The 11th hole at Bellerive Country Club. Bellerive began as a nine-hole course in a different location in north St. Louis in 1897. Photo courtesy of the PGA of America
Carlos Arraya, CGCS, has a key admirer in his corner.
Rees Jones, son of the man who designed Bellerive Country Club in St. Louis, is thrilled that Arraya is the caretaker of his father’s work. Robert Trent Jones Sr.’s design opened in 1960, and his son rebuilt it — and completed multiple renovations — with co-designer Bryce Swanson in 2007. Their work will be on display worldwide this month, when Bellerive hosts the PGA Championship Aug. 9-12.
Jones was careful to maintain the style and integrity of his father’s efforts. He has seen Arraya — Bellerive’s director of grounds and agronomy — at work, and says he couldn’t be more pleased with the view. “From my observations, Carlos has the background and the people skills. It is valuable that he has been a general manager and knows the agronomy side,” Jones says. “I think he has both skills down pat.”
Bellerive has hosted numerous large events, including the 1965 U.S. Open, won by Gary Player, and the 1992 PGA Championship, which was won by Nick Price. Most recently, Bellerive hosted the 2013 Senior PGA Championship.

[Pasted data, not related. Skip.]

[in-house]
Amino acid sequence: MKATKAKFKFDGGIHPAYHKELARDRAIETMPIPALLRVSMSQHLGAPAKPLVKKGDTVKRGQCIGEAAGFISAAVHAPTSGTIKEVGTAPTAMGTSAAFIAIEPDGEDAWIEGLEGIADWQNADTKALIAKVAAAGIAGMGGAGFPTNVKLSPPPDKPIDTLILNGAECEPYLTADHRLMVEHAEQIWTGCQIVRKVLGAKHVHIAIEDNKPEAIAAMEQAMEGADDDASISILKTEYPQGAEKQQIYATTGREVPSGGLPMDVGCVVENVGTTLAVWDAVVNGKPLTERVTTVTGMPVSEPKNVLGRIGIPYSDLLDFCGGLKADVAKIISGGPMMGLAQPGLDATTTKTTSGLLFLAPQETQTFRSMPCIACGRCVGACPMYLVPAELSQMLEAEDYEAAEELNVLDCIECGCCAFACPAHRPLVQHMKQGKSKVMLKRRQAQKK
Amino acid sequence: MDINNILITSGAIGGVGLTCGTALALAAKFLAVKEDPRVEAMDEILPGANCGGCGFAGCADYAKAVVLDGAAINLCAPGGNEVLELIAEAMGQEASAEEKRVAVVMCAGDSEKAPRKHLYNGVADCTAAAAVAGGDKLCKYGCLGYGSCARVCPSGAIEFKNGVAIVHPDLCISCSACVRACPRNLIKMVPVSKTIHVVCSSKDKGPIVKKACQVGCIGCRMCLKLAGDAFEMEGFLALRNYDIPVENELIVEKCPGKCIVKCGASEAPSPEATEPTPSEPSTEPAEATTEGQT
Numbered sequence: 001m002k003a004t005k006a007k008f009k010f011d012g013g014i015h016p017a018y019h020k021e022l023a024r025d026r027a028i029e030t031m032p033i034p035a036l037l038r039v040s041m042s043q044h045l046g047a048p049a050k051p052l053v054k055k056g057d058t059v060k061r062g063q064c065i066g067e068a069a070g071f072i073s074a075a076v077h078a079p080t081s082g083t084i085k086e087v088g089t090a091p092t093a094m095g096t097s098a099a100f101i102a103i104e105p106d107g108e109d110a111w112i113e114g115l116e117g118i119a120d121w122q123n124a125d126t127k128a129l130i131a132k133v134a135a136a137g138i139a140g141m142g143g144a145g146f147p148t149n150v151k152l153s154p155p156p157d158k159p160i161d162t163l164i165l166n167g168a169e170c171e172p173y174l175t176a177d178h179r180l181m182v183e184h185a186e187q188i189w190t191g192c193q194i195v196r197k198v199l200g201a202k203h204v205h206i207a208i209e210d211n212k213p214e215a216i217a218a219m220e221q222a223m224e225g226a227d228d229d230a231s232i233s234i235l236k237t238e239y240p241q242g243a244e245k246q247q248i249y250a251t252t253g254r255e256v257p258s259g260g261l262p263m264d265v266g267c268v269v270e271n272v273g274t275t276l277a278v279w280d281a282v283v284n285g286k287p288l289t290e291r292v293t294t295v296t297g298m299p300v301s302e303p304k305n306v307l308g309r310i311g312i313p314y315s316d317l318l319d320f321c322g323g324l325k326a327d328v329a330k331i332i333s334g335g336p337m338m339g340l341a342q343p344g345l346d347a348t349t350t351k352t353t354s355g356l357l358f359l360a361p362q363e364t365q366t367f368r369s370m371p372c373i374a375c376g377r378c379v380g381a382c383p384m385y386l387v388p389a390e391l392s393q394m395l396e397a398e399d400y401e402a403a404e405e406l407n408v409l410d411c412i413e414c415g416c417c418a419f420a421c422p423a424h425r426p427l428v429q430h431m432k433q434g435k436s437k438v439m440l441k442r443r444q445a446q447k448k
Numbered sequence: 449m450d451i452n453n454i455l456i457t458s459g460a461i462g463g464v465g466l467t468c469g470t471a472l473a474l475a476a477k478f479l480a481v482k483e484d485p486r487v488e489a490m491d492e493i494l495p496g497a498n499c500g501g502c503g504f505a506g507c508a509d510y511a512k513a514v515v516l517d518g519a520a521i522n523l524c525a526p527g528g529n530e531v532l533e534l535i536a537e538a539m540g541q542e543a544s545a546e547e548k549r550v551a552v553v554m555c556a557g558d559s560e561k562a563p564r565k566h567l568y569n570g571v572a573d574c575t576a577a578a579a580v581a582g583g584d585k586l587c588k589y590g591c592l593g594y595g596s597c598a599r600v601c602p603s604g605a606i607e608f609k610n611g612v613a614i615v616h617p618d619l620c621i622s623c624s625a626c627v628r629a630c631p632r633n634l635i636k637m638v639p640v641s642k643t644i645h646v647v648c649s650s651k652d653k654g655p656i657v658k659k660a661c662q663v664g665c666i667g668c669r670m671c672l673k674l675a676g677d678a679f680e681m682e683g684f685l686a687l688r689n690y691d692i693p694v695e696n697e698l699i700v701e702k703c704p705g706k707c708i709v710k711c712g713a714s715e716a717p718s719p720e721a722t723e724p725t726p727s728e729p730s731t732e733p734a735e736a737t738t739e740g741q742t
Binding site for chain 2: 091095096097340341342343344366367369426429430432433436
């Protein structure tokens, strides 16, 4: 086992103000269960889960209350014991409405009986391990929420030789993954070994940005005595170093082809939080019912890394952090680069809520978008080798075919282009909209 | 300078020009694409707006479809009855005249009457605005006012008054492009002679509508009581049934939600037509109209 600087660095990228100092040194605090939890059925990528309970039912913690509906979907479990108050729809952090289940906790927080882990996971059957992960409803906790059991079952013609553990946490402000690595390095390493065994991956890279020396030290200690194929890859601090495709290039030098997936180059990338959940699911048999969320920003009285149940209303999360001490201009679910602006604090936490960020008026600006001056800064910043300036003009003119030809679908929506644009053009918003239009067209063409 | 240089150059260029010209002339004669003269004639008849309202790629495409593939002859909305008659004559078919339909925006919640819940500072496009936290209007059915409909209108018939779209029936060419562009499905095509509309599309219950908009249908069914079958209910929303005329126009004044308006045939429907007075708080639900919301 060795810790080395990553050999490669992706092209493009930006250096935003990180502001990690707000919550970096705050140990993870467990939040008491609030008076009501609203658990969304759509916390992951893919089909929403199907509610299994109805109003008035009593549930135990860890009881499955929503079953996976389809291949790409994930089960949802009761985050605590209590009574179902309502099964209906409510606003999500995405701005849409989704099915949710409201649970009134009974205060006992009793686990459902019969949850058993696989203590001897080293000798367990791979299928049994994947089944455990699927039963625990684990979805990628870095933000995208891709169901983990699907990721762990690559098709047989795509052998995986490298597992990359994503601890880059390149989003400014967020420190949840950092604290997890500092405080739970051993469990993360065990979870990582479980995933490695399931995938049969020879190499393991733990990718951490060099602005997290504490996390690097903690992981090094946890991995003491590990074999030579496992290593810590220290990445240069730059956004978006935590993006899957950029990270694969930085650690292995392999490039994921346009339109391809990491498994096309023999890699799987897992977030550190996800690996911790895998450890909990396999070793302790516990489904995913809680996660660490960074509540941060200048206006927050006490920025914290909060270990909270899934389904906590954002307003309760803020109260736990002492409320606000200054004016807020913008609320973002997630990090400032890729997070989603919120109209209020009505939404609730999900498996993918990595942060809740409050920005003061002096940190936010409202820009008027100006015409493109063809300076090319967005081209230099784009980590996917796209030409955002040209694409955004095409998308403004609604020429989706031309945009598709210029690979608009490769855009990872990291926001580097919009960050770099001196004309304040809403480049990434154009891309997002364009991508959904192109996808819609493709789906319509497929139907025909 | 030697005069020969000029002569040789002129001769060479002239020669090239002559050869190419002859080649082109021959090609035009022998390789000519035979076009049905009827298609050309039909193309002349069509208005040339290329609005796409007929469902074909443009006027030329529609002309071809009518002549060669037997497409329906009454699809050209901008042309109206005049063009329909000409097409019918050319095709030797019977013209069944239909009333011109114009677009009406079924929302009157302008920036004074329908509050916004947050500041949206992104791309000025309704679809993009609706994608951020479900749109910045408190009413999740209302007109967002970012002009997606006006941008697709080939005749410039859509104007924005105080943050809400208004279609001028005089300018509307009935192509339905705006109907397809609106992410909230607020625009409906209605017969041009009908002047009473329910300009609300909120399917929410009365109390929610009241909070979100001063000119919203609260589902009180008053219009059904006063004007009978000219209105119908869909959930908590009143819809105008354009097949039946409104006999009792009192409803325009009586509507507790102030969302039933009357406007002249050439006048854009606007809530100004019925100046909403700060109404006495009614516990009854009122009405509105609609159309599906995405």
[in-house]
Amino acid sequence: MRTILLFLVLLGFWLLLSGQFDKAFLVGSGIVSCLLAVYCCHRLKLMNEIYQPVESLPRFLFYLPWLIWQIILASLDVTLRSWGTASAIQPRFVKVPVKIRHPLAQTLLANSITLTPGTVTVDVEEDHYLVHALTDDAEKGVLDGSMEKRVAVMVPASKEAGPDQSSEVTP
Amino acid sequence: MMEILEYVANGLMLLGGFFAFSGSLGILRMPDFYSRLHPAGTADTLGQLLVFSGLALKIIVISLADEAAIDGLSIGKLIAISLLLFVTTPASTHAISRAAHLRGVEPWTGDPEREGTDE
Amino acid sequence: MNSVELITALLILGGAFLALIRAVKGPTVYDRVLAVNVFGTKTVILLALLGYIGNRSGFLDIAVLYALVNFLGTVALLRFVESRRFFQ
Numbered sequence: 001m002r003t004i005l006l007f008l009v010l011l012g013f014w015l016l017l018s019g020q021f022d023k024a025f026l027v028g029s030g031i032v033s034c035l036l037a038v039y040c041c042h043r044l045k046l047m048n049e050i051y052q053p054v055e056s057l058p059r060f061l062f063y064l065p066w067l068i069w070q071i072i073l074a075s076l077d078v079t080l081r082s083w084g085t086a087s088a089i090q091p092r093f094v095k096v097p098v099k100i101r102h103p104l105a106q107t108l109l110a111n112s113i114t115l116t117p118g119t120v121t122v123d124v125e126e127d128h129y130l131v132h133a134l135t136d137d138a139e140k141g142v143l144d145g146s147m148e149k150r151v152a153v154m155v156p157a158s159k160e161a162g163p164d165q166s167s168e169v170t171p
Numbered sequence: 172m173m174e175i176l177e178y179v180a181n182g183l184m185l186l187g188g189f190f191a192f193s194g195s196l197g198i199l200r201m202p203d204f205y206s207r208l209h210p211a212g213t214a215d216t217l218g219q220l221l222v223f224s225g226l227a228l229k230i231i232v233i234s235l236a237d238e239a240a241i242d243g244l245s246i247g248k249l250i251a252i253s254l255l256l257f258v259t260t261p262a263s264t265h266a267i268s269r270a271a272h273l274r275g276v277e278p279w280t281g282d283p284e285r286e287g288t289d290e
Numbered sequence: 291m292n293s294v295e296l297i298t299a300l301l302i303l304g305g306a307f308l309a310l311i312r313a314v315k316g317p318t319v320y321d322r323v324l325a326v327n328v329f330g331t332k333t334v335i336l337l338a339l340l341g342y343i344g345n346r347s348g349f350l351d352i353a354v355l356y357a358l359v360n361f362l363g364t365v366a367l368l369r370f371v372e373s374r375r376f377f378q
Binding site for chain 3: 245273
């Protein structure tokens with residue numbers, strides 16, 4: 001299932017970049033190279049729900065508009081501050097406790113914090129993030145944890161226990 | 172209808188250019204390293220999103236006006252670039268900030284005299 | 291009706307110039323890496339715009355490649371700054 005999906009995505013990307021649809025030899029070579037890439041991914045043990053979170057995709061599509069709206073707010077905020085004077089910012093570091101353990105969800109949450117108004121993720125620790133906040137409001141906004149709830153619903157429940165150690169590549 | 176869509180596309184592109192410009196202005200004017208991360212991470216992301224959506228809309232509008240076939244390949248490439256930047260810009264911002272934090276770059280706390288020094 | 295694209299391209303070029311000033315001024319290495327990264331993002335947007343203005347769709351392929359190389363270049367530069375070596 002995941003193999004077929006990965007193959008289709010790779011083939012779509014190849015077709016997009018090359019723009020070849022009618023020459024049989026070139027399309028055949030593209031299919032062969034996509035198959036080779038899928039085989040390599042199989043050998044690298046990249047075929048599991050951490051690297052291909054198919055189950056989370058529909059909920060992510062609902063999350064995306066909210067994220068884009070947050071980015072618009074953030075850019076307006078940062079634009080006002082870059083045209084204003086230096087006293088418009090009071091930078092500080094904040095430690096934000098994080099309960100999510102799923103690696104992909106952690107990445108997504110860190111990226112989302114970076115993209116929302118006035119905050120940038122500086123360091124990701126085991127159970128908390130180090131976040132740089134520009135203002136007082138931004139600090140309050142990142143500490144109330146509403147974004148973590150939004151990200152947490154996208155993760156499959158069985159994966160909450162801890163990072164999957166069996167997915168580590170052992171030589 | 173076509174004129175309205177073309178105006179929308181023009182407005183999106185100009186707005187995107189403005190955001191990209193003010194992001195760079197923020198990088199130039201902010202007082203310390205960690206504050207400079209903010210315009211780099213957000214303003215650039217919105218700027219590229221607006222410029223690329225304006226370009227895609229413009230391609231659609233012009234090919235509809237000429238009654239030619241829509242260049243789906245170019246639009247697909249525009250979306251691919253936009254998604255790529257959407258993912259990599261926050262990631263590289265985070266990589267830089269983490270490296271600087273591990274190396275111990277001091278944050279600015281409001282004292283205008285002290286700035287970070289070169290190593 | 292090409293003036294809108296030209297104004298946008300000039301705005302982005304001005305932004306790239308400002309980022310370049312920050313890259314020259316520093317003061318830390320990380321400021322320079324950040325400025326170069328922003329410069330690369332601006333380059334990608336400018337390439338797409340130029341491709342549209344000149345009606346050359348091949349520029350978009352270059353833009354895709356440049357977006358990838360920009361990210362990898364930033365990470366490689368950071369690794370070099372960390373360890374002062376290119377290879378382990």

If you haven’t seen it in a while or need a refresher, Bellerive has zoysia tees and fairways, Penn A-4 bentgrass greens, and tall fescue rough. The par-70 will play at more than 7,300 yards. Some of the renovation work included repositioning and rebuilding all fairway and greenside bunkers, removing trees, and adding chipping and collection areas. On the par-4 18th, which plays more than 450 yards, missing the fairway creates a difficult second shot into the green.
Storylines abound at Bellerive. Defending champion Justin Thomas is the son and grandson of PGA club professionals. Jordan Spieth will complete the career grand slam if he wins. And this is the 100th PGA Championship and the last one to be held in August, as the event will be moving to May in 2019.
“I’m honored to be part of it, to be the last PGA that will anchor the majors,” says Arraya, who is hosting his first major. “It is special for me and our staff to say we hosted No. 100. Nobody else will be able to say that.”
Howard Richman is GCM’s associate editor.